That last point may be the life and death of black metal – as long as it maintains the sheer amount of imaginative real estate it currently occupies then you have to foresee a healthy future. And black metal is oddly empowering in its way, mirrored in the ersatz warlike stances of the musicians and fans, plus that odd convulsive clenching it engenders, the pulses of emotion and energy. Nick Richardson’s essay, probably the best in the book, suggests the the genre’s longevity might be down its mask-like qualities, its ability to be both hiding place and a kind of literal makeup, affective warpaint with which to face the world. So it is with this mask-like doubling quality that black metal is simultaneously a nakedly aggressive attitude and a primal, sylvan refuge; a place for the dark arts of self-discovery and the simple pleasures of the most grotesque of pantomimes.
Black metal and Spotify seem like odd bed partners, but so it goes. Below is a selection of some of black metal's finest, in a roughly chronological order. Enjoy.
I wrote this for the excellent Caught by the River Nature Book Reader. It's on page 79.
One phrase that comes to mind when thinking of Kathleen Jamie’s Findings is John Muir’s dictum that ‘when one tugs at a single thing in nature, he [sic] finds it attached to the rest of the world’. These 11 essays then, whether they are investigating storm beaches in the Orkneys, hunting elusive corncrakes in Coll or examining the nature of attention via a meditation on a family illness, very much explore the sense of our being immanent, embedded within the natural world. The world isn’t other, a theatre we wander into on special days, but instead the very ground of our being. And Jamie’s great power is the way in which she uses language to convey this fundamental connection: she has the alchemical poetic eye and ear, but her metaphors and descriptors always tend towards the pared down, the domestic. There is no disconnect between writer, reader and that which falls between. Her other great strength is a kind of heroic stillness: amid the hurtle of the world she so beautiful apprehends, is a plea to pay heed, to pay heed with what she calls a ‘simple plain tenderness’.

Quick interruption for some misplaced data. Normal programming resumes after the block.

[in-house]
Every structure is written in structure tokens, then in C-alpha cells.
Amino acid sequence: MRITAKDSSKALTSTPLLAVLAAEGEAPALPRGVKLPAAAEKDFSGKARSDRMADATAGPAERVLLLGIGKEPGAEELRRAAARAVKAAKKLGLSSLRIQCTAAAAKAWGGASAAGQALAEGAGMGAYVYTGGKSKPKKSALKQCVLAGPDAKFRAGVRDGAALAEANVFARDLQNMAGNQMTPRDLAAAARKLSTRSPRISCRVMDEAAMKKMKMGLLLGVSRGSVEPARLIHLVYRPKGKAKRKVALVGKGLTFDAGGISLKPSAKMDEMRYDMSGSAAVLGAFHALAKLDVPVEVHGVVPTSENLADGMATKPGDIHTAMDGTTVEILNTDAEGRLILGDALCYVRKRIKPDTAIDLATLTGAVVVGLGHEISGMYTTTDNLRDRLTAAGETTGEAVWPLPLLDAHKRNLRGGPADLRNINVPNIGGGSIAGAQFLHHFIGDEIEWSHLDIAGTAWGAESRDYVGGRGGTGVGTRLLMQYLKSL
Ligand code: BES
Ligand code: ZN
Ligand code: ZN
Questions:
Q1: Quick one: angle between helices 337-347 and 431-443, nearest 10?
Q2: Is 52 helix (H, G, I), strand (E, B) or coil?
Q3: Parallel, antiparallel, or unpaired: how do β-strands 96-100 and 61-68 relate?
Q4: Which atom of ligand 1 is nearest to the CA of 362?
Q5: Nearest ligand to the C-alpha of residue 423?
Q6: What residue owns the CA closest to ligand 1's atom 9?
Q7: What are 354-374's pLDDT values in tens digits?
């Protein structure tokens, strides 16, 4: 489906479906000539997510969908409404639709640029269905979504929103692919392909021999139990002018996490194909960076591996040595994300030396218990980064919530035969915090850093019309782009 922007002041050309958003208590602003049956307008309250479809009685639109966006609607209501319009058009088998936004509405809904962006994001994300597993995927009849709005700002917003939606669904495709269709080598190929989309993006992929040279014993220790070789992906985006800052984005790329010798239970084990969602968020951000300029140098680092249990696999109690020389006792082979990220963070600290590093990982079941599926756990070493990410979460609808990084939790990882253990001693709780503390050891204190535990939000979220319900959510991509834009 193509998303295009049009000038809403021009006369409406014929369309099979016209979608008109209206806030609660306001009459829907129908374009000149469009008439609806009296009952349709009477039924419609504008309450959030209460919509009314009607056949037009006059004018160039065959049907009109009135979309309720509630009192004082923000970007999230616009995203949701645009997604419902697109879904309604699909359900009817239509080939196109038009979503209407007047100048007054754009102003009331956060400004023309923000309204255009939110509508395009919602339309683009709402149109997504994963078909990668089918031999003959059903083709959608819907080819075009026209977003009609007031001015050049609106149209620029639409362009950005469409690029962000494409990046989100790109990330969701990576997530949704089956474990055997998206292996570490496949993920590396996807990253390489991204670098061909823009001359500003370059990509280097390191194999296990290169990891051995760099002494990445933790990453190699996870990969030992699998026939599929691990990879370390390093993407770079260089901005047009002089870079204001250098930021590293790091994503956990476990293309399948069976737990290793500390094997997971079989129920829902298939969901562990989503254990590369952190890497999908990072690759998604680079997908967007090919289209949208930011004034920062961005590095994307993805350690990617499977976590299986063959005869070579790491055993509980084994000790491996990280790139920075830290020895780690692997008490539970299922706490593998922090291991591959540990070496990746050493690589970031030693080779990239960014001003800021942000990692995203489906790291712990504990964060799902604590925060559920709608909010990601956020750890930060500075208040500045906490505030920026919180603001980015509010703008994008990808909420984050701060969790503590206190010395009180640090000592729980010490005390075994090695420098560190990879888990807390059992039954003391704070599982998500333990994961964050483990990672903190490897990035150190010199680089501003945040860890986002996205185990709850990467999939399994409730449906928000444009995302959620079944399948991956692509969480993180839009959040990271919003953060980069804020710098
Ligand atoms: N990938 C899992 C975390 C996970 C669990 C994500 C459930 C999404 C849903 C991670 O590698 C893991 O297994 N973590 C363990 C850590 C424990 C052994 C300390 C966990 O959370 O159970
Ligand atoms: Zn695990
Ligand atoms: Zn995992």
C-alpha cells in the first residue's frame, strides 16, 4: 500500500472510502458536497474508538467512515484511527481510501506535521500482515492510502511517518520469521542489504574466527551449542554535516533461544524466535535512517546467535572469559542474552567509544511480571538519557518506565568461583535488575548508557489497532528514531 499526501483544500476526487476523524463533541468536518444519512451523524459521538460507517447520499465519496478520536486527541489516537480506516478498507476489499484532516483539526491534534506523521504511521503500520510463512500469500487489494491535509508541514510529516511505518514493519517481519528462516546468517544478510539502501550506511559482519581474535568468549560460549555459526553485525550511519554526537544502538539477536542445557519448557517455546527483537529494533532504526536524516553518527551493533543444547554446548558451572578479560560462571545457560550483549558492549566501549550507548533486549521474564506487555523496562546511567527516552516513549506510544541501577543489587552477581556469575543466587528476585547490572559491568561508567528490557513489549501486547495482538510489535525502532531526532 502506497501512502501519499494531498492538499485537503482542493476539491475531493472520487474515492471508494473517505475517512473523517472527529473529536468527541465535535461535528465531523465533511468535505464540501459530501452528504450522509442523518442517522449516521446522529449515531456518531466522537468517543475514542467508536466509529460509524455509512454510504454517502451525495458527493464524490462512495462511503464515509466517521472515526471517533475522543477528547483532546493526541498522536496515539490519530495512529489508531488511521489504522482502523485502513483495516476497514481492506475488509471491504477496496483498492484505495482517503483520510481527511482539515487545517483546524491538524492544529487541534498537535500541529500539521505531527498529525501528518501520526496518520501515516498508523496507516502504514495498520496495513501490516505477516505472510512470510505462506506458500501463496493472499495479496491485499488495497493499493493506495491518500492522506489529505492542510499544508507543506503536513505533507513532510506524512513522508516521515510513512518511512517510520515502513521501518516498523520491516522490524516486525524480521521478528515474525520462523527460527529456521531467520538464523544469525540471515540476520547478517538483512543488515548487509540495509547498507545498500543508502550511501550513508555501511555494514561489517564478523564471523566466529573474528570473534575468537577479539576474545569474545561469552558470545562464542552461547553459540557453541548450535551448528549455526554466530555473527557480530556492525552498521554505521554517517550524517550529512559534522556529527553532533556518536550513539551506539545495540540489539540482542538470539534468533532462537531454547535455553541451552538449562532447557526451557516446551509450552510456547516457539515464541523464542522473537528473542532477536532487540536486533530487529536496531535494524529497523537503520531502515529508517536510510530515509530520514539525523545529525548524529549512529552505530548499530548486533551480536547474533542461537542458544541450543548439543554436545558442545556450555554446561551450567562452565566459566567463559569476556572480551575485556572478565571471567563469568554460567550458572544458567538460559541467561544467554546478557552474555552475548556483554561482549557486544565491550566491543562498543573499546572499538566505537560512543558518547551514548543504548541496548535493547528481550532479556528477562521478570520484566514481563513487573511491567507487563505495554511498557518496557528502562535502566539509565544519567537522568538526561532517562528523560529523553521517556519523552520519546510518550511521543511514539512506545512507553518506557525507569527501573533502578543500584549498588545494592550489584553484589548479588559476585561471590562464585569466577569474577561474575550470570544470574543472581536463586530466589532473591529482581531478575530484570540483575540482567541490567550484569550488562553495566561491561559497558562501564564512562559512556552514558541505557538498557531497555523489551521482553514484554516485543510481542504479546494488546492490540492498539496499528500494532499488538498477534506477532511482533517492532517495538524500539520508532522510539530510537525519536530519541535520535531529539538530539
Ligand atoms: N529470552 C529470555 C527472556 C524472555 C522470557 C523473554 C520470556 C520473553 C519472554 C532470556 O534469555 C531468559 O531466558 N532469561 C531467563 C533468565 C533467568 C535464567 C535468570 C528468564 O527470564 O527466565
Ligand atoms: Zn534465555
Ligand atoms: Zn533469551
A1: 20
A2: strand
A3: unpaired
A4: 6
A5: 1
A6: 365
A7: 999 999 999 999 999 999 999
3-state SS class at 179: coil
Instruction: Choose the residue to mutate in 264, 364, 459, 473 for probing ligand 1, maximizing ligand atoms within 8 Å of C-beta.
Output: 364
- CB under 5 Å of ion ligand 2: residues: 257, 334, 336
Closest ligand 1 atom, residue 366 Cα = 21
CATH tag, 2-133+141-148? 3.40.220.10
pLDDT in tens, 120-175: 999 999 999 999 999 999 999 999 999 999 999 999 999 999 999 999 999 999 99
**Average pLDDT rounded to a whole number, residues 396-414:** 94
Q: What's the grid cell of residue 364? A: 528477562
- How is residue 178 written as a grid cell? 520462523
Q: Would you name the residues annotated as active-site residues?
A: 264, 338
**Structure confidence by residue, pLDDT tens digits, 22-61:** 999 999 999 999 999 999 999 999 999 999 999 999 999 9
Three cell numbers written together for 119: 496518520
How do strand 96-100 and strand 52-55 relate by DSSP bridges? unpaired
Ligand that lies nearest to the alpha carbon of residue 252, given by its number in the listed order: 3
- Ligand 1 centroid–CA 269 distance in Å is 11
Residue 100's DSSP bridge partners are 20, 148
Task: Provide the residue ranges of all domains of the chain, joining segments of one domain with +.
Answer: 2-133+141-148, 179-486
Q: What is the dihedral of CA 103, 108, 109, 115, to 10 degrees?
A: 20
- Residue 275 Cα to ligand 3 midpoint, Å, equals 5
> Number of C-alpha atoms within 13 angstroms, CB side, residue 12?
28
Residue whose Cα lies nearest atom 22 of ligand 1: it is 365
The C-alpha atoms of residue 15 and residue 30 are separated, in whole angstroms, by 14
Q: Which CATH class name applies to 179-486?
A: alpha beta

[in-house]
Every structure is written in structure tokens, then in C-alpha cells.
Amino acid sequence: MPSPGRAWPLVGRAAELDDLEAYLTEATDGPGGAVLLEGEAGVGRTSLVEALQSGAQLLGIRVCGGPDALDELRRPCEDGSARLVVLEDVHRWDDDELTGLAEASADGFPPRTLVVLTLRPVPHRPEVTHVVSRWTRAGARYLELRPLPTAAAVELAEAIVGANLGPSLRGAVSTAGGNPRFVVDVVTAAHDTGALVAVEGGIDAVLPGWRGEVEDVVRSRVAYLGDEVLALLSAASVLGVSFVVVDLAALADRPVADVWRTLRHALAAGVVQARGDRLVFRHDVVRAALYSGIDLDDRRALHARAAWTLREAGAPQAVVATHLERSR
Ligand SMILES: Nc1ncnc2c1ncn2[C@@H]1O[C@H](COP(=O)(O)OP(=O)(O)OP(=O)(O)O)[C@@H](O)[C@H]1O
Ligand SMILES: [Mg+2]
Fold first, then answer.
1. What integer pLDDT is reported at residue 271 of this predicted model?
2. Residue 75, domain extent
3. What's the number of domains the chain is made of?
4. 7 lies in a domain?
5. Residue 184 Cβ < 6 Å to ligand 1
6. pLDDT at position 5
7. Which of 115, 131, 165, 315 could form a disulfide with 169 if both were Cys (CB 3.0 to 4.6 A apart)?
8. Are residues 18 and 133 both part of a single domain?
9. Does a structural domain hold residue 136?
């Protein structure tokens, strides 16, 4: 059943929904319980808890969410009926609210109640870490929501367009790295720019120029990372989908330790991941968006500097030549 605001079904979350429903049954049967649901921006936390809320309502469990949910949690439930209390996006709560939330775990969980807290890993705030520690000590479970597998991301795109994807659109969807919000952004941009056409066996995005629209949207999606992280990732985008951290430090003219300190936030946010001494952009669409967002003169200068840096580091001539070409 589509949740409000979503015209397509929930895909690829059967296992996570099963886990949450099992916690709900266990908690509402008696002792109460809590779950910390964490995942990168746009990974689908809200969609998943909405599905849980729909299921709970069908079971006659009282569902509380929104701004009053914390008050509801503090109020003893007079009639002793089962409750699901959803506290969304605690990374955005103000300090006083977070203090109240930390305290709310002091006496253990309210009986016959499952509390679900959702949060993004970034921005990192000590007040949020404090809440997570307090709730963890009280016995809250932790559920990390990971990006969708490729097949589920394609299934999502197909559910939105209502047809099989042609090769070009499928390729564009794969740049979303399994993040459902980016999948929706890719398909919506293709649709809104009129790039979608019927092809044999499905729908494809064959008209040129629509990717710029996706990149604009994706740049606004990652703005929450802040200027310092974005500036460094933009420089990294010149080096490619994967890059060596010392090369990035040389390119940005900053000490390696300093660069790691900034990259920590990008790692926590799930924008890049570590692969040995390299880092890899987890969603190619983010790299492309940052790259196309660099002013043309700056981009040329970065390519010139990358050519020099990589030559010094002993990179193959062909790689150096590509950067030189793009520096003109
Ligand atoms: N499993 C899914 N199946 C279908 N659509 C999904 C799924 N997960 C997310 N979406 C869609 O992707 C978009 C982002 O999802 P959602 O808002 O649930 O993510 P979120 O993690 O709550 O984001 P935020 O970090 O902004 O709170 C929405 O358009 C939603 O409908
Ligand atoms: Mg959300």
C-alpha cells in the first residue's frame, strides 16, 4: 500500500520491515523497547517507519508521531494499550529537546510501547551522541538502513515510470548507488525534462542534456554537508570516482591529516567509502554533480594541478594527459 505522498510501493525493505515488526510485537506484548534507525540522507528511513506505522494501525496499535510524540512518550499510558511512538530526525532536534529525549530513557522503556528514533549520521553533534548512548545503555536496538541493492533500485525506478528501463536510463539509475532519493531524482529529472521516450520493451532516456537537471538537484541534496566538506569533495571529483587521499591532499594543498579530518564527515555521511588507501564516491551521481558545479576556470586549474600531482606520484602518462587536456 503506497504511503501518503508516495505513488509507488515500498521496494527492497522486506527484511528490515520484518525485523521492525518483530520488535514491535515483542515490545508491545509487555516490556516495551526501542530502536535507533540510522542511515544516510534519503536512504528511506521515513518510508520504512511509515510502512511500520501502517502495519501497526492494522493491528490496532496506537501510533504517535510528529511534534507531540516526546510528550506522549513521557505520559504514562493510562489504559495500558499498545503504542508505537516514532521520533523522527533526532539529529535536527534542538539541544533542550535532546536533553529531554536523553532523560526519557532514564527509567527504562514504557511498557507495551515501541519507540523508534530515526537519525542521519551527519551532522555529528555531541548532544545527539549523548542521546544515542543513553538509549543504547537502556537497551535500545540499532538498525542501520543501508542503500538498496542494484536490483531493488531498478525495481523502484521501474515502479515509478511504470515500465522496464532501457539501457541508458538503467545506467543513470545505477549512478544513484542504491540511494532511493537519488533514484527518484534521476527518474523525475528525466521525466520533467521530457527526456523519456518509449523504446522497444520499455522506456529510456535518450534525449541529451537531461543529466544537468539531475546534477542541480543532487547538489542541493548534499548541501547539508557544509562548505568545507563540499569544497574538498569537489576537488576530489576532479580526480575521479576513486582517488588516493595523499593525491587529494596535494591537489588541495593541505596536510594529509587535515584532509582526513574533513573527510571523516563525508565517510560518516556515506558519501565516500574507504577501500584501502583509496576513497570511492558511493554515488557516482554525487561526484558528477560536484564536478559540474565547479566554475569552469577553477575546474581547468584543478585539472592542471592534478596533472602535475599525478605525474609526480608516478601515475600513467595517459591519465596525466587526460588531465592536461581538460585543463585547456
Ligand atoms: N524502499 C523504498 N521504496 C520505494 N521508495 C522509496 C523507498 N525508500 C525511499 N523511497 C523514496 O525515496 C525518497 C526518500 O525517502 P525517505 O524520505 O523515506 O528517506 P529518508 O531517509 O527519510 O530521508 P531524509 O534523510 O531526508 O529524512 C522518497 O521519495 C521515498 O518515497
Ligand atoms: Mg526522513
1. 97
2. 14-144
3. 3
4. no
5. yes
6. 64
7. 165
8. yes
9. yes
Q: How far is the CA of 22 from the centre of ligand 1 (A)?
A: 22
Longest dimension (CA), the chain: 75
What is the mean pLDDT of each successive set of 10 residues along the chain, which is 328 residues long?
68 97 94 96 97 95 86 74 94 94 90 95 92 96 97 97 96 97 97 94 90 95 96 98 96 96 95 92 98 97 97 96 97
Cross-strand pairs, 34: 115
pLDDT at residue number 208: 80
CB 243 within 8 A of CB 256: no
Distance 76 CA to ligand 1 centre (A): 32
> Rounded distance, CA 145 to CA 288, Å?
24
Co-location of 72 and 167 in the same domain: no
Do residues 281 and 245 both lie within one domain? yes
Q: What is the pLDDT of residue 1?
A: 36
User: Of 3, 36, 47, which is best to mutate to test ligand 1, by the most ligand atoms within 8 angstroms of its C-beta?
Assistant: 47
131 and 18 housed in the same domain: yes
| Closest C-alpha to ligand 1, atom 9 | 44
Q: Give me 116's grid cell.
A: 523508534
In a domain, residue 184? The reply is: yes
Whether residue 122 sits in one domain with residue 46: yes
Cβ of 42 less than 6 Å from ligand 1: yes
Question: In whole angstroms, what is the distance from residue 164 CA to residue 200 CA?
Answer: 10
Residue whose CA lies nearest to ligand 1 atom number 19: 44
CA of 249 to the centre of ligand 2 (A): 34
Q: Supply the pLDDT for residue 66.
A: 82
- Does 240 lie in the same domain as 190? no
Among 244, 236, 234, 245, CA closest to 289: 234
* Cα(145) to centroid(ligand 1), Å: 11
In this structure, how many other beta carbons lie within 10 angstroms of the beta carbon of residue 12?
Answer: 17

Watching children sleep makes me feel devout, part of a spiritual system. It is the closest I can come to God. If there is a secular equivalent of standing in a great spired cathedral with marble pillars and streams of mystical light slanting through two tier Gothic windows, it would be watching children in their little bedrooms, fast asleep.
Don DeLillo, White Noise (1985)
(via @Letters of Note)
A great piece by Gay Talese on the Paris set in the '50s and the formation of the Paris Review. Impossibly Romantic, but there we are.
Early in the fifties another young generation of American expatriates in Paris became twenty-six years old, but they were not Sad Young Men, nor were they Lost; they were the witty, irreverent sons of a conquering nation and, though they came mostly from wealthy parents and had been graduated from Harvard or Yale, they seemed endlessly delighted in posing as paupers and dodging the bill collectors, possibly because it seemed challenging and distinguished them from American tourists, whom they despised, and also because it was another way of having fun with the French, who despised them. Nevertheless, they lived in happy squalor on the Left Bank for two or three years amid the whores, jazz musicians, and pederast poets, and became involved with people both tragic and mad, including a passionate Spanish painter who one day cut open a vein in his leg and finished his final portrait with his own blood. Read on...